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Broadway star from Colorado talks about role in Tony Award-winning musical 'A Strange Loop'

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Jason Veasey talked to Rocky Mountain PBS about performing in a groundbreaking Broadway musical.

DENVER When you’re a cast member of a prestigious and award-winning Broadway play, taking a break every once in a while is important. 

“I’m doing all right. These are actually the first few words I’ve spoken today. I got called out of the matinee to give my voice a rest,” Jason Veasey explained to me when connected for our interview. Veasey plays the character ‘Thought 5’ in the Tony award winning musical “A Strange Loop,” produced by Jennifer Hudson.

“It’s a big Black and queer a** American Broadway show, and I’ve been a part of it since development for the last ten years. It feels weird to know that this thing that I’ve been a part of for so long has this reach to people and people are finding out about it and responding in a major way,” said Veasey.

Meet Jason Veasey: A Colorado Springs man who performs in a ground-breaking Broadway musical

“A Strange Loop” is the first Broadway production in which a Black, openly gay man is the main character, and it won best musical at the 2022 Tony Awards. The show’s title references cognitive science, which is defined as the study of thought, learning and mental organization. 

“'A Strange Loop' is a musical about a Black gay musical theater writer, writing about a Black gay musical theater writer, writing about a Black gay musical theater writer,” added Veasey with a laugh.

Veasey feels that as a Black gay man himself, it’s beyond time for the creative and art worlds to formally recognize the work of Black queer people, “The contributions of Black queer people to art and culture have been going on as long as we’ve been in this country. So, I do think it’s time on this level that we get more acknowledgement, stories being told and access to stories being told.”

Photo credit: Blue Photography.

Veasey now lives in New York but graduated from the University of Northern Colorado and spent his teenage years living in Colorado Springs — a time he said was difficult. 

“Growing up in Colorado Springs was very definitive for me in the sense that it was the biggest culture shock I’d ever had from being a military kid," he explained. "We lived in Montgomery, Alabama before that and oddly enough that shift was softly traumatic for me. It wasn’t that I hadn’t been around a ton of white people before, it was that I hadn’t been around white people who didn’t know what to do around Black people. In the South, whether they’re racist or not, they still know how to be around Black people because Black people are everywhere."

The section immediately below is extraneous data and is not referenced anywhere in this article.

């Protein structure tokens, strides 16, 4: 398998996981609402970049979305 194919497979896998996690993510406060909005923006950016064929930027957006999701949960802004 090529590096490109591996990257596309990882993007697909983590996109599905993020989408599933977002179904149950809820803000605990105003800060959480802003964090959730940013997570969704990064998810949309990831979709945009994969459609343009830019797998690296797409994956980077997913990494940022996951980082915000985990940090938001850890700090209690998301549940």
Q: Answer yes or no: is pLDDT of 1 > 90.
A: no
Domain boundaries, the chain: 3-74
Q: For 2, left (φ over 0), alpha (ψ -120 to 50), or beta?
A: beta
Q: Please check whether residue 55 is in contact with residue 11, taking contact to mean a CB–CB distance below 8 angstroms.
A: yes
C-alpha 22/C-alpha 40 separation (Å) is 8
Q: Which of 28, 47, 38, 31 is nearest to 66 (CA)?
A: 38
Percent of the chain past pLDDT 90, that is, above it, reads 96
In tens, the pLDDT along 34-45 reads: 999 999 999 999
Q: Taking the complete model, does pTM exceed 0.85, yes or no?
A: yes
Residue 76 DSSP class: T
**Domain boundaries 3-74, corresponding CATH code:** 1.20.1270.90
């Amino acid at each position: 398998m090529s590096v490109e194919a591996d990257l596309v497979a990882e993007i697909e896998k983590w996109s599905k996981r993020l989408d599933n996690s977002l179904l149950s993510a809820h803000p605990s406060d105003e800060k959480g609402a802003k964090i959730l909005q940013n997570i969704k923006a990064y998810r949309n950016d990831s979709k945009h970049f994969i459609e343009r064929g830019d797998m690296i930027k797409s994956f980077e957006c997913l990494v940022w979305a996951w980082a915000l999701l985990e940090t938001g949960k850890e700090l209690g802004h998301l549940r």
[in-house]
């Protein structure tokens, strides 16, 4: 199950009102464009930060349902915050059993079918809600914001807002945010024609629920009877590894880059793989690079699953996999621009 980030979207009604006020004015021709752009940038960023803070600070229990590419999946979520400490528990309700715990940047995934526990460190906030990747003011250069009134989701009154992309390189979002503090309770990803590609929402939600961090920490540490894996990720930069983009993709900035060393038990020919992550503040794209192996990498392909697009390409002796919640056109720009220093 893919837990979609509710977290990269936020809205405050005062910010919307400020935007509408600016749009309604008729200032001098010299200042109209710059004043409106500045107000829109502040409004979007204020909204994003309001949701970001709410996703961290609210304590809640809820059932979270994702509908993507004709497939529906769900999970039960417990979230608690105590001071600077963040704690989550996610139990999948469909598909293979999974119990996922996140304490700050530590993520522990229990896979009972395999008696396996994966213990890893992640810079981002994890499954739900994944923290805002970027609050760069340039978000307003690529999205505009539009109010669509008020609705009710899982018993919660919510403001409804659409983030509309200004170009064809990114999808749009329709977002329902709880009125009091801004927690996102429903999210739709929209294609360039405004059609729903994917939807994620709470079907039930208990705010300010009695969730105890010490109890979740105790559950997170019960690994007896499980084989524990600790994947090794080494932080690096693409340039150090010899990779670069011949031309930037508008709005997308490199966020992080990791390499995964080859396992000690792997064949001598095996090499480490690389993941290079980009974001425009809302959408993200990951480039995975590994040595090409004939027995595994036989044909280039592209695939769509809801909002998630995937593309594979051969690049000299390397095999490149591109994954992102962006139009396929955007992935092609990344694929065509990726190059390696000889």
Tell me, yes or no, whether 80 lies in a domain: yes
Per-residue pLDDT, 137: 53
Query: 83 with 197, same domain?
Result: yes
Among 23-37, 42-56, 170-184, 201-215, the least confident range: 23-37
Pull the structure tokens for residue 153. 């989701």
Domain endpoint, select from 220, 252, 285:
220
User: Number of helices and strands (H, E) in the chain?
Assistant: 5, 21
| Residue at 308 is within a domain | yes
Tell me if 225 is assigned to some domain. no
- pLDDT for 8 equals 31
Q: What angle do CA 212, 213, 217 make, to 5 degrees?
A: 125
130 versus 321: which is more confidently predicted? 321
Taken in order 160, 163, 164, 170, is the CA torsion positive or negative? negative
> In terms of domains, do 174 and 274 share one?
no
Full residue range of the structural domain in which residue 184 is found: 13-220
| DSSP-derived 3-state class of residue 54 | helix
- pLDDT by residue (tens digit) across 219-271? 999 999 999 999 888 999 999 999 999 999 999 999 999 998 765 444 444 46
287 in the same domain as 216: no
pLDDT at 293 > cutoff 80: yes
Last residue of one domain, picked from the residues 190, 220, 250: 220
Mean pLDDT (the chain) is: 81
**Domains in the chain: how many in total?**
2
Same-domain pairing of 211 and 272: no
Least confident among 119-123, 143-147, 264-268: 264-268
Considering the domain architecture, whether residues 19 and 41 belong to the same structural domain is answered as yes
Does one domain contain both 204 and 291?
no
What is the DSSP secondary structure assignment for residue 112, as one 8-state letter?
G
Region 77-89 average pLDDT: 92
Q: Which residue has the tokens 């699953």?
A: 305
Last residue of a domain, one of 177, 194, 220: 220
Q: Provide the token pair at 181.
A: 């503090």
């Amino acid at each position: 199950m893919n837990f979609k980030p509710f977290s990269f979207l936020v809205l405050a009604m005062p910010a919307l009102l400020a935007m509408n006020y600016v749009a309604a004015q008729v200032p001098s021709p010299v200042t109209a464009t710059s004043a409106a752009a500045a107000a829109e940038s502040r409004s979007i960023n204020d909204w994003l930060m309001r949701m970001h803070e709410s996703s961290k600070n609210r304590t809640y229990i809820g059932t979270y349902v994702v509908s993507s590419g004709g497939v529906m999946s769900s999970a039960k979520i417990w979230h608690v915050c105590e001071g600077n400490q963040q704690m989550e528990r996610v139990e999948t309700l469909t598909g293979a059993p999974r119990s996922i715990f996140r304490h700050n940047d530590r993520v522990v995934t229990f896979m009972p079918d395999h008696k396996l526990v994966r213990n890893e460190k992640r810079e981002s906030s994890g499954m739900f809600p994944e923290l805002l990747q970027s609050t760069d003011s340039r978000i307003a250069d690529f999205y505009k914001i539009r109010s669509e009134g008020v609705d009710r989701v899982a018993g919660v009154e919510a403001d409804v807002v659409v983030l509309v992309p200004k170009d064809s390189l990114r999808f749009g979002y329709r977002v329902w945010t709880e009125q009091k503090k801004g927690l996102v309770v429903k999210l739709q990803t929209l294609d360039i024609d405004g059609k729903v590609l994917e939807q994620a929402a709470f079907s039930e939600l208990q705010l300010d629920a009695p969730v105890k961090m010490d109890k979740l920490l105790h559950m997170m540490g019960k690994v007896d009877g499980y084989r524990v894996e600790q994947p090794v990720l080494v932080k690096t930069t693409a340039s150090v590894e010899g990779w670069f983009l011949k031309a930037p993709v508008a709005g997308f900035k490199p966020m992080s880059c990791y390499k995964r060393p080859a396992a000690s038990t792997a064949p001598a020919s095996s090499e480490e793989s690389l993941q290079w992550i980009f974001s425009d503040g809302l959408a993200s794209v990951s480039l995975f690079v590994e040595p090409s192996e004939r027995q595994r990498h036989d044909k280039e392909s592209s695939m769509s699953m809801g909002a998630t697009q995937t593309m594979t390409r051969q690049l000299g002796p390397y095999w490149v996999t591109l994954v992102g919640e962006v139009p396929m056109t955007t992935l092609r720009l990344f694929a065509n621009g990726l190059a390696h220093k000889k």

Veasey said he is lucky because his parents and family have always been supportive of him in every way and his sexuality was never an issue. 

“It’s having parents that loved me unconditionally. My urge for people, particularly in places where there aren’t a lot of Black folks is invest in these young kids now before there’s proof of them even being something", said Veasey. "Let these kids know now that they have something to offer because the benefits of that are endless for themselves, for community and society.”

Veasey knows the importance of receiving support as a young dreamer of the stage who is now living out those ambitions. He first appeared on Broadway in the Lion King in 2011 after spending years working in various productions as an actor. As The Gazette reports he was nominated for a 2003 Denver Post Ovation Award when he starred as Jesus in Town Hall Arts Center’s “Godspell.”

Veasey also performed for Walden Family Playhouse, Arvada Center and Lone Tree Arts Center before making his Denver Center debut in the DCPA Theatre Company’s “Smart People” in 2017. You can also see Veasey perform in a number of TV shows and smaller roles in movies like "American Gangster."

For now, Veasey plans on resting up until his next performance in “A Strange Loop” while he continues to appreciate the show’s success. 

“I feel pleasantly and satisfyingly exhausted," he said. "I feel like I’m in a dream world.”


Dana Knowles is a multimedia journalist at Rocky Mountain PBS and can be reached at danaknowles@rmpbs.org.

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